Immigration system “dampened appeal” of studying in the US
Policies that make the immigration system difficult to navigate for international students in the US “have dampened the appeal and opportunity to study abroad in the country”, according to a new report from the American Council on Education.
“The previous administration was talking of rescinding OPT, which is one of the few avenues a lot of international students have here to stay in the country post-graduation, and there was a lot of unwelcome messaging,” said Anna Esaki-Smith, author of the report.
“There was a lot of unwelcome messaging”
While the Biden administration has had more welcoming messaging, she said, there is yet to be significant changes in policy. A lack of consistency between administrations with regards to immigration and visa regulations for international students could also lead to students not wanting to take the risk to study in the US.
This was seen in the summer of 2020 when new US guidance barred new students studying entirely online from entering the US. While the order was rescinded, “it left many confused and put off”, she said.
The effects of the pandemic has further exacerbated declines in student enrolments.
The beginning of the fall 2020 academic semester saw a decrease of 16% compared with 2019, while the total number of new international students fell by 43%. A diminishing appeal of the US could have devastating effects on the US’ competitiveness in fields such as AI and superconductor manufacturing, the research suggested.
Previous studies have found that while 80% of international AI PhD graduates remain in the US, a third of those who leave consider the immigration process to be a “significant factor” in their decision, while a majority of those who remain reported “experiencing heavy difficulties with the US immigration system”.
For the superconductor industry, “40% of high-skill semiconductor workers in the US today were born overseas, as were two-thirds of graduate students in semiconductor-related programs at US universities”.
Leading chip manufacturer Intel estimated that without OPT it would only be able to hire 30% of its current highly-skilled graduate workforce.
“There are a lot of efforts to provide more outreach to more students and more diverse groups of students but that has to be done at a primary school level. It’s going to take time to enact change,” said Esaki-Smith.
“We can’t wait for the fruits of these efforts to be realised.”
The US also has to contend with the increasing appeal of other destinations, as well as changing nature of employment markets in the home countries of its international students, some of which have become much more attractive over the last two decades.
“In the early 2000s, only one or two of every 10 Chinese students studying abroad returned home after graduation,” said the report.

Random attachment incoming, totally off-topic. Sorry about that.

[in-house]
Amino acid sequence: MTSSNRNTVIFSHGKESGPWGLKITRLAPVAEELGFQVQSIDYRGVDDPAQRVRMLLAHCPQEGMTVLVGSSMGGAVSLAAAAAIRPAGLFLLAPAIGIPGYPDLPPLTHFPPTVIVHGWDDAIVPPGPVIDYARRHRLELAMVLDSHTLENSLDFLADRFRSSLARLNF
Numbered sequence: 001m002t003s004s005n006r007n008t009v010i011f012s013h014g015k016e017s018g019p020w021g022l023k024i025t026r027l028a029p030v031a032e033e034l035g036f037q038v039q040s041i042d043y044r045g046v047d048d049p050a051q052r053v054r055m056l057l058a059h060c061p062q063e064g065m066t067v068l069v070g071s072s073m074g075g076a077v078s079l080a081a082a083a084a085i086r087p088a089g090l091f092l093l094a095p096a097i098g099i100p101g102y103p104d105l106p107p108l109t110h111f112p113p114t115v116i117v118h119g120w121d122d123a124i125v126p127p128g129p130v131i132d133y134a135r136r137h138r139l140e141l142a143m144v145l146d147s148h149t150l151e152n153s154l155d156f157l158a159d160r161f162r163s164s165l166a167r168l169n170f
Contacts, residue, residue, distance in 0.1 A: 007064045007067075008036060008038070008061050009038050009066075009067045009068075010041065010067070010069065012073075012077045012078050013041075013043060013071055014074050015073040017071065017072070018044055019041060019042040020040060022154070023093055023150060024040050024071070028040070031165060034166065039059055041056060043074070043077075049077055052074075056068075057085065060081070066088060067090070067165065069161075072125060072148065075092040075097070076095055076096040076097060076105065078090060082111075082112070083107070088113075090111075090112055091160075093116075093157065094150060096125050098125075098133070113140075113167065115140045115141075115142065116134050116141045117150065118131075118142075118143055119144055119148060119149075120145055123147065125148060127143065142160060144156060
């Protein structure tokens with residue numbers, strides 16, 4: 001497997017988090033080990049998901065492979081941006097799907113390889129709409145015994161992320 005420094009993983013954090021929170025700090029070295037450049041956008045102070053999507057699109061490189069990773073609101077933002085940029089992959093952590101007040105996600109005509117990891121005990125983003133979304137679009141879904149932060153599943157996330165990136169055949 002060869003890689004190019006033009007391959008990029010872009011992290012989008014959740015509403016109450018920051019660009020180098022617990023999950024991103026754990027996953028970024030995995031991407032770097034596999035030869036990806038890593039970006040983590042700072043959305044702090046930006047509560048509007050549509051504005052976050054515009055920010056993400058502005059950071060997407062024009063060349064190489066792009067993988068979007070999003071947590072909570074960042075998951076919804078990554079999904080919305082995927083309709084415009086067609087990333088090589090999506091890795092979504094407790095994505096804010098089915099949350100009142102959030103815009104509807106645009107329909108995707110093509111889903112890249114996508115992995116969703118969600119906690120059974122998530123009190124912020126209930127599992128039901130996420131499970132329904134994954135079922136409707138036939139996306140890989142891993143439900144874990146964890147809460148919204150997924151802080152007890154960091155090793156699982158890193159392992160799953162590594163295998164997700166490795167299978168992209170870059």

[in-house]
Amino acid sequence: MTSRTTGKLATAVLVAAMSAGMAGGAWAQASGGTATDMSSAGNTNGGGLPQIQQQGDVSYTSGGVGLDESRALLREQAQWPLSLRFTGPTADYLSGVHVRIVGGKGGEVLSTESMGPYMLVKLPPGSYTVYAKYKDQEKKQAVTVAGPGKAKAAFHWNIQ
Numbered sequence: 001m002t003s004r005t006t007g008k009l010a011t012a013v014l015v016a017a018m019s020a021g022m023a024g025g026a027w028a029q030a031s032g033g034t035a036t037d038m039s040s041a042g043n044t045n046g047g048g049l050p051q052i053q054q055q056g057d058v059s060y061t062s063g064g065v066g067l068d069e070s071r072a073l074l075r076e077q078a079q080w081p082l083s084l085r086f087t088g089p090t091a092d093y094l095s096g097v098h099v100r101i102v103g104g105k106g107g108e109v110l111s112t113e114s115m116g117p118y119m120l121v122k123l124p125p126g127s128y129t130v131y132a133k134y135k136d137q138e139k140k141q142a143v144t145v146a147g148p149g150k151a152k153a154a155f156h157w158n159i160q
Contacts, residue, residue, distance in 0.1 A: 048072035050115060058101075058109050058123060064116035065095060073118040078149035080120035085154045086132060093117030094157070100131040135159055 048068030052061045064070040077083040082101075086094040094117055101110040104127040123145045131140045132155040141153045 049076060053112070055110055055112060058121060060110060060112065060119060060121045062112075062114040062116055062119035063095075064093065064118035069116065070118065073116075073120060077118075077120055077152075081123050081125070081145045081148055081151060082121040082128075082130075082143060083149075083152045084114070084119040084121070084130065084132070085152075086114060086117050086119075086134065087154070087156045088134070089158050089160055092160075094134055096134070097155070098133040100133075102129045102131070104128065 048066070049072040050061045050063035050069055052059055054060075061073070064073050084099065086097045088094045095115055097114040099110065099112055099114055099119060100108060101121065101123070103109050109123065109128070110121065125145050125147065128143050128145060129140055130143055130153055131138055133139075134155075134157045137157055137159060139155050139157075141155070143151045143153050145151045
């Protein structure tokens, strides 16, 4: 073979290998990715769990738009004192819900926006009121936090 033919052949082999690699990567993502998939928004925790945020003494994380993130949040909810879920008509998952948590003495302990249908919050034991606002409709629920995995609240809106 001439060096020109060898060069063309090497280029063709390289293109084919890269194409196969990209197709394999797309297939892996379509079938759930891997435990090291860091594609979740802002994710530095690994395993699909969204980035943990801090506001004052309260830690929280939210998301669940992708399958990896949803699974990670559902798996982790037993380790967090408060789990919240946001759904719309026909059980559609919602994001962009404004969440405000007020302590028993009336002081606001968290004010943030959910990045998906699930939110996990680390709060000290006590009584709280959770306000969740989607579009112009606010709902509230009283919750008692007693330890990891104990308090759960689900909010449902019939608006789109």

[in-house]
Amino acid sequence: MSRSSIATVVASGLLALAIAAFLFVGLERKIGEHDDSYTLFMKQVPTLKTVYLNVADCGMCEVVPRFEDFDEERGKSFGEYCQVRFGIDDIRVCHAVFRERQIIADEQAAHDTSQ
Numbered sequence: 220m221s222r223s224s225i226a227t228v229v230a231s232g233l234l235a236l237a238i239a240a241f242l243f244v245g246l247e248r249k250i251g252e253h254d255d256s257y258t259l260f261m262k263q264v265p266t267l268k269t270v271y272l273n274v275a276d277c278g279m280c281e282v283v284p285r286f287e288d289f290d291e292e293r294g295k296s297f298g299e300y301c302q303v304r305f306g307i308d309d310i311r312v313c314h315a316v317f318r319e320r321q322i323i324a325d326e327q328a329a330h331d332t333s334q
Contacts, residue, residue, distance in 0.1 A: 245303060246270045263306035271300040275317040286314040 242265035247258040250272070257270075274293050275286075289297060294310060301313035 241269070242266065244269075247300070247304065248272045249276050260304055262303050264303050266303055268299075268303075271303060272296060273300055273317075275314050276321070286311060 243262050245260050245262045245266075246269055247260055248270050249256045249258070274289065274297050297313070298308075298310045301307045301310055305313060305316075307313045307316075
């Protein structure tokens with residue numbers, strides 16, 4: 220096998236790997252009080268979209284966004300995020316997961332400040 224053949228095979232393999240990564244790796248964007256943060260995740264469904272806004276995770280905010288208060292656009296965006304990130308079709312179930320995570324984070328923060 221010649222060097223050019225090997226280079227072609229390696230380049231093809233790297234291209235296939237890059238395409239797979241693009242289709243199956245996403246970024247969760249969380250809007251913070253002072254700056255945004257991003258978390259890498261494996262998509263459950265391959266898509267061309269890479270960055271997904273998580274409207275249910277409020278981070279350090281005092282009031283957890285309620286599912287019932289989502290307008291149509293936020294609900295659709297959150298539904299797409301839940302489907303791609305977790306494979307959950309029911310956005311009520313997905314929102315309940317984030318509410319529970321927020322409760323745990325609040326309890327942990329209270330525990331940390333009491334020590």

“According to a National Center for Science and Engineering Statistics (2014) report, 86% of Chinese science and engineering doctoral students planned to stay in the US upon completion of their degrees.
“However, by 2017, the Chinese government reported 82.3% of those who studied abroad [including outside the US] returned to China that year.”
Other studies have also pointed to changes in the preferences of local employers. The prestige of being a “sea turtle” – an overseas returnee – is fading among both the public and employers as Chinese universities become more globally recognised.
“Not that long ago, a Chinese student would go to the US because the job prospects were more attractive”
“Not that long ago, a Chinese student would go to the US because the job prospects were more attractive. These days it could be better back home,” said Esaki-Smith, although she noted that there is still a strong interest in studying abroad – building international networks and improving English skills being two major motivational factors.
“As much as the landscape has changed, the things you can get from [studying abroad] hasn’t changed.”
The report, which was written during the transition period between the two administrations, concluded that “the new US administration signals a sea change in government policy and legislation that offers some respite to the beleaguered higher education sector, but it will take time for perceptions to change”.
“Competitor nations that have shown a friendlier face in recent years will continue to attract students who have been put off by recent insular policies.
“US institutions will continue to attract international students, but it will take thoughtful and purposeful actions by colleges and universities, as well as policymakers, to restore the US as the destination of choice.”
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